“We need far more research” into the time course of changes to the brain and to thinking skills because of exercise and skipping workouts, he says.

But for now, the study’s message seems fairly straightforward. For the continued health of your brain, try to keep moving.

Sunday, February 14, 2016

Boot Camp with Brax



Brax came to boot camp this week! Good thing he wore his running shoes - he didn't want to miss out on any of the action!

How to Find the Best Fitness App for You

There are tons of new fitness apps out there! How do you choose the one that's right for you? Below are some suggestions. Have a favorite fitness app? Tell us about it!
PERSONALIZE IT
Look for programs that offer personalized screenings and gather details on your past injuries, health conditions and fitness goals.
There’s a lot of cookie-cutter apps out there and people that just want to get your monthly subscriptions, and they’re really not concerned about helping you reach your goals or, more importantly, if any of these movements are going to injure you.
It’s beneficial if you can find an app out there or an online program where you’re having conversations via email, phone, or face time with the trainer that can help make sure you’re doing the exercises correctly.
Some apps offer daily or weekly check-ins with trainers and a few offer real time feed-back. While those are more costly, you can also pop into a live class in your area to get some pointers so if you’re a new yogi starting at home with an online subscription, it’s important to take a class a couple times a month to have someone check your form.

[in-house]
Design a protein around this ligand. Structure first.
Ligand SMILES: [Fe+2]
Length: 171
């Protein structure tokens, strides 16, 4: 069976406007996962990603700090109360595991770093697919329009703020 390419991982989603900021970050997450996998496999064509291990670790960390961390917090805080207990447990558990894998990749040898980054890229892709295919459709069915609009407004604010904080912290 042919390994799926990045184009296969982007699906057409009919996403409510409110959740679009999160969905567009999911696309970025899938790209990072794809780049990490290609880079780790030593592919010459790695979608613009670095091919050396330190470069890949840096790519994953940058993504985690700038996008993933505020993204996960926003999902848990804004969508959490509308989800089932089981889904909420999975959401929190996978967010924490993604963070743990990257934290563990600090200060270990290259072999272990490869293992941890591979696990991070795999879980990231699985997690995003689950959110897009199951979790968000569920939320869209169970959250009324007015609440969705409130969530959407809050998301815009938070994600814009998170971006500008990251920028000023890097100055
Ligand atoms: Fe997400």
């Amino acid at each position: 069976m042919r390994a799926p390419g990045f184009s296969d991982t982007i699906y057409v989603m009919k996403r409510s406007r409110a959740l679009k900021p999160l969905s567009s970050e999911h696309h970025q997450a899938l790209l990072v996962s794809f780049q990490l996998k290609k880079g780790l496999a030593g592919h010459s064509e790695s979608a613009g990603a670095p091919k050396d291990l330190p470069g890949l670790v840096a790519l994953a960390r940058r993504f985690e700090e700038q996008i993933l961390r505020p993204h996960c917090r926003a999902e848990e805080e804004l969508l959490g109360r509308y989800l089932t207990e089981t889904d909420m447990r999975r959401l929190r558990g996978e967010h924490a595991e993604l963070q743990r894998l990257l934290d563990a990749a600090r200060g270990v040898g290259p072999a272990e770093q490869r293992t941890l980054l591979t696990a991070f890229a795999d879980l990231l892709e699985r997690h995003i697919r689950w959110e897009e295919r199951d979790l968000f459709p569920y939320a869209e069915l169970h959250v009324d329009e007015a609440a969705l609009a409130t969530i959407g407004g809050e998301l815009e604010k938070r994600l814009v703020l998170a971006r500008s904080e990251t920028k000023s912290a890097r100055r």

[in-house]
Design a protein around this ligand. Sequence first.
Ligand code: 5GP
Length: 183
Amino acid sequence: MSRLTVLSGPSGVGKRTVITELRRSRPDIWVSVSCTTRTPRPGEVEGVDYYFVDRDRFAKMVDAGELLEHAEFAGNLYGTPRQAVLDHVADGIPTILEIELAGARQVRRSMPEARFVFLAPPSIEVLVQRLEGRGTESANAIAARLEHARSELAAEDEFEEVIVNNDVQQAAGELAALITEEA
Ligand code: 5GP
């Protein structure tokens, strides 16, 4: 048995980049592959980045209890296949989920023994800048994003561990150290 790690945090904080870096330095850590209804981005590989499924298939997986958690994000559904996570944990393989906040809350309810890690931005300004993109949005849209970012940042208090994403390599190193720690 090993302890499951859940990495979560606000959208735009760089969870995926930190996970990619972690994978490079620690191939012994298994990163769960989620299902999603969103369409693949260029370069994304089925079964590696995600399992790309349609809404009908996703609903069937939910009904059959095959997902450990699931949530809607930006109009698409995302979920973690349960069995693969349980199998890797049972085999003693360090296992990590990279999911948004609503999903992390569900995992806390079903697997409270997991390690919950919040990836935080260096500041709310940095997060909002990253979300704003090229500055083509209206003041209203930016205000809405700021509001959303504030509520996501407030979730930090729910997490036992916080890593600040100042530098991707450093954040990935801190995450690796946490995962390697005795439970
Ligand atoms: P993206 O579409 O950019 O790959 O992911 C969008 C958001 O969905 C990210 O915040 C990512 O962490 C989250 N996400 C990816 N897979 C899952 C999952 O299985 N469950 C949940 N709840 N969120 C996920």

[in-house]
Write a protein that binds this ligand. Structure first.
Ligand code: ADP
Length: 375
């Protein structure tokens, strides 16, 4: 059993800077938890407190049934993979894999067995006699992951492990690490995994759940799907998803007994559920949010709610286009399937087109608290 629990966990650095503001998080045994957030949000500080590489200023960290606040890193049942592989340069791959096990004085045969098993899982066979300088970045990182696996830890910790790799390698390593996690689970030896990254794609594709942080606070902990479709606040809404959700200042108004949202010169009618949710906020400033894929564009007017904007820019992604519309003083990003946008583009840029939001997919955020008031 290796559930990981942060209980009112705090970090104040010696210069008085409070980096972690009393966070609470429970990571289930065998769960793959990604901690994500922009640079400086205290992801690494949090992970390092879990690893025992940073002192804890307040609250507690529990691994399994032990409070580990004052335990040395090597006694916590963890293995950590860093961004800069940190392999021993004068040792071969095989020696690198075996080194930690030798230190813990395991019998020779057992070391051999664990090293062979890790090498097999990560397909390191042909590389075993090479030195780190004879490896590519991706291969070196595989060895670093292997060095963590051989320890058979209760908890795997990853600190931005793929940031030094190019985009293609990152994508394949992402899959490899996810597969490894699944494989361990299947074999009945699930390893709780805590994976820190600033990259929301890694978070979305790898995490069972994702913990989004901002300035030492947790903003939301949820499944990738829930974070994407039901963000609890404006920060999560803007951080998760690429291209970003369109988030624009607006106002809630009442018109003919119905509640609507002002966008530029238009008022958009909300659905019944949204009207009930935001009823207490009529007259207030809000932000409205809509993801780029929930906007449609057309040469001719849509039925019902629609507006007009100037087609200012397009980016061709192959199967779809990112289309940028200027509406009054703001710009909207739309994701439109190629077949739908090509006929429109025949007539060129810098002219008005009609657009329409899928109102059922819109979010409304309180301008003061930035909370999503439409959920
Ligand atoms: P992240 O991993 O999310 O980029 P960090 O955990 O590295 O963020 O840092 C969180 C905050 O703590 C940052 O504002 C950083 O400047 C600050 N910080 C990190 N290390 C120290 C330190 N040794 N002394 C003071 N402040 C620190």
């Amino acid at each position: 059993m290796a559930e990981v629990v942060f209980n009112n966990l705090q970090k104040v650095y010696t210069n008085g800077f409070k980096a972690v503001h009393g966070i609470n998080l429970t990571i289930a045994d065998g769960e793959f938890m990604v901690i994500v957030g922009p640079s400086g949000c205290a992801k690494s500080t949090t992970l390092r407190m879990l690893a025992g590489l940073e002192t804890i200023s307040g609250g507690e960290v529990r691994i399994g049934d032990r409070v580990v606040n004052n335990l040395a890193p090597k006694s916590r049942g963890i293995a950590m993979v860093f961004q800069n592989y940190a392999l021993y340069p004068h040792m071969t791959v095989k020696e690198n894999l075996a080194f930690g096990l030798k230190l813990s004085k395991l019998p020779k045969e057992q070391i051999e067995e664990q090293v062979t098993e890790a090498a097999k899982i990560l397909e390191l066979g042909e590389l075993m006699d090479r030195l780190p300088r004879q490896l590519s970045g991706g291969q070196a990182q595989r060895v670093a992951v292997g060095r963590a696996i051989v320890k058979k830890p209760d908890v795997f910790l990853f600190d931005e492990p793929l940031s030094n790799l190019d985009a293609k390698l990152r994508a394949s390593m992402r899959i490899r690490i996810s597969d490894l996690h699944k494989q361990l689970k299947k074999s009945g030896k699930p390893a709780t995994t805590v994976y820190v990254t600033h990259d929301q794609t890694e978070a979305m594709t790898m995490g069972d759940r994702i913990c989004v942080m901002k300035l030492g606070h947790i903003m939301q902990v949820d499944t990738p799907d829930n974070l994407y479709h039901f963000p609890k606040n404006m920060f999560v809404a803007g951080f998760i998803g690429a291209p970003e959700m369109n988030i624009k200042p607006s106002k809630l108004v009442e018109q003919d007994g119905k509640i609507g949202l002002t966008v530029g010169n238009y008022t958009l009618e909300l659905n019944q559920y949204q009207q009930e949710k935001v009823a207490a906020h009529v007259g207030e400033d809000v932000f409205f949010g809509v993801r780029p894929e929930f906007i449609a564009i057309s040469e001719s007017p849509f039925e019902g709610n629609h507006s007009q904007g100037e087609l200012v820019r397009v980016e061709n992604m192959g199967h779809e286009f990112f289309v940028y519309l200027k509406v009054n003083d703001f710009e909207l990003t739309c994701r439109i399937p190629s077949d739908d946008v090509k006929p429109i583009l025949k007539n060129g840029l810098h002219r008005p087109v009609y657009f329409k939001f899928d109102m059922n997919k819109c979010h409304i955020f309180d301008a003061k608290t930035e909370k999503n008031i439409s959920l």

HAVE FUN
It doesn’t matter whether all the supermodels are doing barre classes if the thought of it totally bores you. Find something you love because you’re much more likely to stick with it.
It doesn’t have to be super high intensity and it doesn’t have to be the ‘it’ workout. Movement is movement.
DON’T BE AFRAID TO MODIFY
High intensity interval training can offer mega results, but if you’re just starting out and have never done sumo squats with a kettlebell, make sure to tailor the program to your needs. That means if an exercise comes onscreen that irritates an old knee injury, take a rest, modify it or replace it with a move that works for you. Don’t be afraid to do fewer repetitions at first and work your way up. Five reps with proper form are far more effective than 10 done incorrectly.
GIVE IT A REST
While your Instagram feed may be full of #fitspo (that’s fitness inspiration), it’s important to pick an app that includes rest days to avoid injury and physical and mental burnout. Find something that’s not high intensity every day while you’re building your foundation.
MIX IT UP
You’ve heard it before, but if it’s worth repeating. Cross training is key not just to avoid injury but to keep your muscles from plateauing. Find an app or fitness program to help you add in some variety.